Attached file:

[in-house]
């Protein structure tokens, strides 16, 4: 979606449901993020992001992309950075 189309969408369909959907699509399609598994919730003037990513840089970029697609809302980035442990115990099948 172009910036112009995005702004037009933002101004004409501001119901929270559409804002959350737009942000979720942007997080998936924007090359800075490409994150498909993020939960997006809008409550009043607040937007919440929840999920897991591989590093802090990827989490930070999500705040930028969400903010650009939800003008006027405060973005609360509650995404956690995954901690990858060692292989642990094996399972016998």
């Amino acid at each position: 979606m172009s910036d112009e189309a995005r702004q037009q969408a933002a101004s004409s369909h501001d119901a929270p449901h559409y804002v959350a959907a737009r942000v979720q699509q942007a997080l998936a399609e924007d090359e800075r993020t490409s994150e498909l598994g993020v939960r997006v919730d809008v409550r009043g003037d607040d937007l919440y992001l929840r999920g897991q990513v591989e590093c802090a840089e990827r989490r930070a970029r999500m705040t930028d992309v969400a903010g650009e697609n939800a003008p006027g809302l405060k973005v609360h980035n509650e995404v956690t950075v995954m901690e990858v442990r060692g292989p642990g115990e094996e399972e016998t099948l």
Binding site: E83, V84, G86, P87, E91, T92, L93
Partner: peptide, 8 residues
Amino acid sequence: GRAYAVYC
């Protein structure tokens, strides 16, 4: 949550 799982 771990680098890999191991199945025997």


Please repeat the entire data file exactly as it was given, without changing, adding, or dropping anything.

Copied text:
[in-house]
């Protein structure tokens, strides 16, 4: 979606449901993020992001992309950075 189309969408369909959907699509399609598994919730003037990513840089970029697609809302980035442990115990099948 172009910036112009995005702004037009933002101004004409501001119901929270559409804002959350737009942000979720942007997080998936924007090359800075490409994150498909993020939960997006809008409550009043607040937007919440929840999920897991591989590093802090990827989490930070999500705040930028969400903010650009939800003008006027405060973005609360509650995404956690995954901690990858060692292989642990094996399972016998």
């Amino acid at each position: 979606m172009s910036d112009e189309a995005r702004q037009q969408a933002a101004s004409s369909h501001d119901a929270p449901h559409y804002v959350a959907a737009r942000v979720q699509q942007a997080l998936a399609e924007d090359e800075r993020t490409s994150e498909l598994g993020v939960r997006v919730d809008v409550r009043g003037d607040d937007l919440y992001l929840r999920g897991q990513v591989e590093c802090a840089e990827r989490r930070a970029r999500m705040t930028d992309v969400a903010g650009e697609n939800a003008p006027g809302l405060k973005v609360h980035n509650e995404v956690t950075v995954m901690e990858v442990r060692g292989p642990g115990e094996e399972e016998t099948l």
Binding site: E83, V84, G86, P87, E91, T92, L93
Partner: peptide, 8 residues
Amino acid sequence: GRAYAVYC
């Protein structure tokens, strides 16, 4: 949550 799982 771990680098890999191991199945025997």